Washington, D.C – Today, Rep. Becca Balint, a member of the House Budget Committee, voted against the “Default on America Act.”
“A budget reflects our values, and we can plainly see where Republicans’ priorities lie. Their dangerous list of demands that passed the House today are reckless and clearly for political gain. But American families see through these games. Middle- and low-income families care about the future of the economy – how they’ll buy a house, lease a car, or pay for college. I’m concerned by this reckless and heartless move by Republicans. I plan to continue to work alongside my colleagues to block this plan and find a path to passing a clean debt limit bill,” said Rep. Balint.
By refusing to act now to prevent a default, House Republicans are threatening an economic disaster that will devastate everyday Americans. In Vermont, an extreme MAGA Republican default on our debt would:
- Put 47,000 people at risk of losing Medicaid coverage in Vermont.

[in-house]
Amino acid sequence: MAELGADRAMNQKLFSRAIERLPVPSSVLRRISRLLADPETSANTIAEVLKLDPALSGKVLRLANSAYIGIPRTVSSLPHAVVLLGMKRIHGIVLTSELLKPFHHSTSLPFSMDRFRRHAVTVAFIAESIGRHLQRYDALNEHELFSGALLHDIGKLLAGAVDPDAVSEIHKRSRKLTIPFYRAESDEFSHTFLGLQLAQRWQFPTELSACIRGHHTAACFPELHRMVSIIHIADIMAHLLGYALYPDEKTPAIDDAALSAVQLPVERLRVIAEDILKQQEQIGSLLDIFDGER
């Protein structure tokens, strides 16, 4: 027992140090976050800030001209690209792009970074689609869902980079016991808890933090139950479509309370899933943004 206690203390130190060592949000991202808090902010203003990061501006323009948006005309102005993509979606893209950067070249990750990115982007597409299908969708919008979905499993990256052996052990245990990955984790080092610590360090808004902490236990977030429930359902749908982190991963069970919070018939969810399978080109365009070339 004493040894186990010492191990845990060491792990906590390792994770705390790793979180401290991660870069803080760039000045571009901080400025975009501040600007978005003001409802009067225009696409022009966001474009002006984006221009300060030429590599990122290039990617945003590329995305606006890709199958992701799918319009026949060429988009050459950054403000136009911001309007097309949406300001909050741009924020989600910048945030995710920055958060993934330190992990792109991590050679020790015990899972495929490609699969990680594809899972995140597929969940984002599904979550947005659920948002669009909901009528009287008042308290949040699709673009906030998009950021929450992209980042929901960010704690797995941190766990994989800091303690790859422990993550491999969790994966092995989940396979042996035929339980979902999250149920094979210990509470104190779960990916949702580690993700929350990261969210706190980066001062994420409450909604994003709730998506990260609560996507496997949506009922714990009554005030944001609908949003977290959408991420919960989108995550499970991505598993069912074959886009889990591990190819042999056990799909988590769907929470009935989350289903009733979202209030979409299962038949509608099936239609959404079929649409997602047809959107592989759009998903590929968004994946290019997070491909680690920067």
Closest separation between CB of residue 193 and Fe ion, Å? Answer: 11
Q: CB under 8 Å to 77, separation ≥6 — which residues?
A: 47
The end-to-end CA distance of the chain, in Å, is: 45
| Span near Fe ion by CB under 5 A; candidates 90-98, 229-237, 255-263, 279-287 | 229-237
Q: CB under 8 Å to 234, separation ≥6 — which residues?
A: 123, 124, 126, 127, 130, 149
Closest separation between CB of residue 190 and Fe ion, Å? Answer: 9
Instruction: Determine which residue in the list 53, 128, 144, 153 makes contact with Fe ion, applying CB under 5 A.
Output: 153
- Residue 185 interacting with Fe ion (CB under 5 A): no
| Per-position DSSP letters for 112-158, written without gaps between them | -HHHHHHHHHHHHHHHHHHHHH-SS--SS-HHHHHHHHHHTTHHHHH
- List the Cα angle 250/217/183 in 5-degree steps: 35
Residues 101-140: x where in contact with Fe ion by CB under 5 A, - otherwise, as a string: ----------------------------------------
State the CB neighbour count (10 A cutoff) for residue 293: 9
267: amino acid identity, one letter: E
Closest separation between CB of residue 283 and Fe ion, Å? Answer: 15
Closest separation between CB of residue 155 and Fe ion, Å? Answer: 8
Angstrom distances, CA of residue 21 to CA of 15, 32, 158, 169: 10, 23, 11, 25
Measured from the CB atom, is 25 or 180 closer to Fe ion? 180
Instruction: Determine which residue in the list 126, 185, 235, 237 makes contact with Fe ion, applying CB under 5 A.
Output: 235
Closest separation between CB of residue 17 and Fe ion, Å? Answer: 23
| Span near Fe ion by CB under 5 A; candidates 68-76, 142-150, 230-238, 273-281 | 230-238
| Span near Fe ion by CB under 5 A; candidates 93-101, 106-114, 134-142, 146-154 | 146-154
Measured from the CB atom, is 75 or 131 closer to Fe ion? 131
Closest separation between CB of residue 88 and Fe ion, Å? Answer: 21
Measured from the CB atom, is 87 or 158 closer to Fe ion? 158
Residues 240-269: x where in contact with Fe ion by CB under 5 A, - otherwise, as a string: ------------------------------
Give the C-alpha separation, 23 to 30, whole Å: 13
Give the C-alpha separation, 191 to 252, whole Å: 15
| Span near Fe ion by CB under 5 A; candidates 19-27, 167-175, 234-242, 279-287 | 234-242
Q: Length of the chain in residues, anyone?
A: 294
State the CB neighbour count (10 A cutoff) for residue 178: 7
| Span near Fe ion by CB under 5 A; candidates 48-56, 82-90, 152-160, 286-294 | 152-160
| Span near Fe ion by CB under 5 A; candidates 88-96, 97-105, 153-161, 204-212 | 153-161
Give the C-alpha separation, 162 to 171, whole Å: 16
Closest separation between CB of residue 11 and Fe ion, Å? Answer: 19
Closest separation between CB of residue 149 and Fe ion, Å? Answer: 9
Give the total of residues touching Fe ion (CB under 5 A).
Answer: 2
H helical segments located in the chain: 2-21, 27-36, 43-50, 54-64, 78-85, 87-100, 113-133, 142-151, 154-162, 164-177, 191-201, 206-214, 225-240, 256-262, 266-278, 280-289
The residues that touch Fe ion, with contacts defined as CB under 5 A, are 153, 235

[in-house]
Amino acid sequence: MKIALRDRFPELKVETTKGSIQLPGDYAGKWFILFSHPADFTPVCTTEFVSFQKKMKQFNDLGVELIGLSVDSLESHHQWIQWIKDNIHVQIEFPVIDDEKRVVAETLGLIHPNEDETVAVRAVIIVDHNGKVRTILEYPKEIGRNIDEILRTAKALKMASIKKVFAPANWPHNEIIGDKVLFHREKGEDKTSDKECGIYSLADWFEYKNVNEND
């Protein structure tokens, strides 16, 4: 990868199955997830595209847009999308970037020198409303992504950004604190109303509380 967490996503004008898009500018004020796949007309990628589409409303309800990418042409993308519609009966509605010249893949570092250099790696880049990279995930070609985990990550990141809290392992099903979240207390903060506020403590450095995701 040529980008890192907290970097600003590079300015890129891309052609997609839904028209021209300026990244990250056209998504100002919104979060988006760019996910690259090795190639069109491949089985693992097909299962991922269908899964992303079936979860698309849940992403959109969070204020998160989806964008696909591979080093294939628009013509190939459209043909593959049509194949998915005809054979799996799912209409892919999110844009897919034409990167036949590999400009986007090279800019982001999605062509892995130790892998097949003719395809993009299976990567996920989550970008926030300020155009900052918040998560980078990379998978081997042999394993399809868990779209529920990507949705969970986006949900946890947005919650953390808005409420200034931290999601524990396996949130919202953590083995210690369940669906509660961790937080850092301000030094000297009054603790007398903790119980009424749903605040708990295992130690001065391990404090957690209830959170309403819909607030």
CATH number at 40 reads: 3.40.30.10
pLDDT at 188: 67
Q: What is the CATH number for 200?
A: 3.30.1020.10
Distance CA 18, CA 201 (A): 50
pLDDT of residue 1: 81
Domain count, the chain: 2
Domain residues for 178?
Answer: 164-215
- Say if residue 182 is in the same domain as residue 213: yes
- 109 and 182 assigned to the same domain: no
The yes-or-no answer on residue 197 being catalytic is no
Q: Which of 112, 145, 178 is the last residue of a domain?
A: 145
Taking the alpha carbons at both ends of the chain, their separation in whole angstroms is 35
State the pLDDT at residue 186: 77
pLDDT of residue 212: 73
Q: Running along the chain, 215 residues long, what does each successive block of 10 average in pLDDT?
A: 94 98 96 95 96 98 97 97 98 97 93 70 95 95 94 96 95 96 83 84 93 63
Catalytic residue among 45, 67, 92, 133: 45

- Threaten access to food assistance for 1,000 people aged 50-55 in Vermont.
- Eliminate preschool and child care for at least 500 children in Vermont.
- Increase housing costs for at least 2,100 people in Vermont.
- Make college more expensive for at least 9,200 students in Vermont.
- Cut at least 10 rail safety inspection days in Vermont.
- Repeal investments in cleaner, cheaper energy — threatening clean energy and manufacturing jobs.
But the Default on America Act is no alternative. In Vermont, the extreme House Republican scheme would:
- Kill about 6,600 jobs in Vermont alone. Nationwide, a default could kill more than 7 million jobs.
- Jeopardize Social Security payments for 96,000 families in Vermont.
- Put health benefits at risk for 266,000 people in Vermont who rely on Medicare, Medicaid, or Veterans Affairs health coverage.
- Increase lifetime mortgage costs for the typical homeowner in Vermont by $54,000.
- Raise the costs of a new car loan for the typical American by $800.
- Threaten the retirement savings of 97,000 people near retirement in Vermont, eliminating $20,000 from the typical retirement portfolio.
Categories: Press Release